fresh breaths of this pure air as they fixed the numerous holes
in the nets caused by the previous day’s catches. The lunch bag
consisted of a piece of yam, sweet potato, water, and fresh
fruits according to the season, was carefully placed in specially
designed box near the middle of the boat. The crab and lobster
traps were piled up on the side. A few of them needed some
mending too. From the time they woke up and all along their long
walk to the seashores, they had not suspected any ambush against
which they could warn their fellow townspeople. Like sheep ready
to be slaughtered, they had left their family members still
asleep and had gone off for the morning in more than a three-
century-long fight to make ends meet and earn their living.
In fact, those fishermen were doing what their ancestors did
many years ago. It was a tradition for many families. So there
was no reason to stay alert and stand guard that early morning.
Fishing and breathing were synonymous to them. They knew that
one lived to fish. Nothing else mattered much to them. Even
when they toiled the land, they relied heavily on the bounty from
the bottom of the ocean. The chaotic noise from the cries of the
defenseless townspeople seemed to reach some of them en route to
the sea. They were not paying too much attention because of the
early morning waves that came crashing on the sandy shores.
Out of nowhere, about a dozen speedboats and patrol boats,
piloted by arm-brandishing soldiers, were coming in the direction
of the fishermen. "What a good display of our own armed forces!"
they must have been thinking. Most of these patrol boats were
part of the last raids conducted against drug cartels using this
coastal town as a pied-a-terre for their transatlantic shipments.
The authorities even captured a few compact submarines. This
time, they did not use them. Some of the fishermen were even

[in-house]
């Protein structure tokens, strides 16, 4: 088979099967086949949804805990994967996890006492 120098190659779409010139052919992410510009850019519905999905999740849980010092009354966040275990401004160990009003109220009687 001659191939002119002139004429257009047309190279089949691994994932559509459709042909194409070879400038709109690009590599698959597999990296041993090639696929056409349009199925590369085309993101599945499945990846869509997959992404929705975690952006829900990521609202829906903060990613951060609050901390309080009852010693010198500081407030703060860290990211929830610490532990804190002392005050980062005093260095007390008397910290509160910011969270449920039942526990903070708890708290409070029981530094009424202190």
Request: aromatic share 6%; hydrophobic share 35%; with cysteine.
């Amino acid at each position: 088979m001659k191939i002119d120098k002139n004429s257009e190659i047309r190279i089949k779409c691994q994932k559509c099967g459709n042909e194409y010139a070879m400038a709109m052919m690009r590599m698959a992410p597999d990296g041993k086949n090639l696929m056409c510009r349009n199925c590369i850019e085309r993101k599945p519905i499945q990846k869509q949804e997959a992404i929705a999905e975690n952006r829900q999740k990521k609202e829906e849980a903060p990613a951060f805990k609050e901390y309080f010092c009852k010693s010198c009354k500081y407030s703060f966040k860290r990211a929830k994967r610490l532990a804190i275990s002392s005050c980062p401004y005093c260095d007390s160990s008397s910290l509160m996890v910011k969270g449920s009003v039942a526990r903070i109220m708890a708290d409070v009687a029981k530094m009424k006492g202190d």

thinking that owning such boats would help them make a better
catch. They thought that these former drug-trafficking boats
would be fixed and distributed to the neediest fishermen among
them. It was all an illusion! They’d be able to venture out
further on the open sea. However, they were soon awaken from
their early-morning-slow thinking process, torpor when those
soldiers opened fire on them. A few of them would escape the
onslaught. But for many others, it was too late. It was total
confusion on the surface of that vast body of lukewarm water.
The bodies of their partners, friends, comrades, and relatives
had been floating all over the ocean for hours until they had
finally come to grips with what was really happening to them. It
was already too late for many of their loved ones. It was time
for them to run away with all their strength since they had to
row back to any part of the shores. Their canoes were nothing in
comparison to the speedboats bought with their own tax money.
They were run over and capsized. Pinned under their boats for
what seemed an eternity, they resurfaced to be shot at without
impunity. A blown head here, half of an arm over there! A leg
still floating on the canoe, a open torso or chest spilling blood
over the surface of the ocean mixing with the salt water until
the next way carries it and spreads it further. It seemed that
nature had no memory and the ocean was thirsty for the blood of
those it had fed for so long. As fast as they could row their
canoes away from the massacre scenes, they were chased by
speedboats. Their fate was already sealed. "They were running
away from the running river to the fire." It was exactly the
meaning of one of their sayings.
FastCounter by bCentral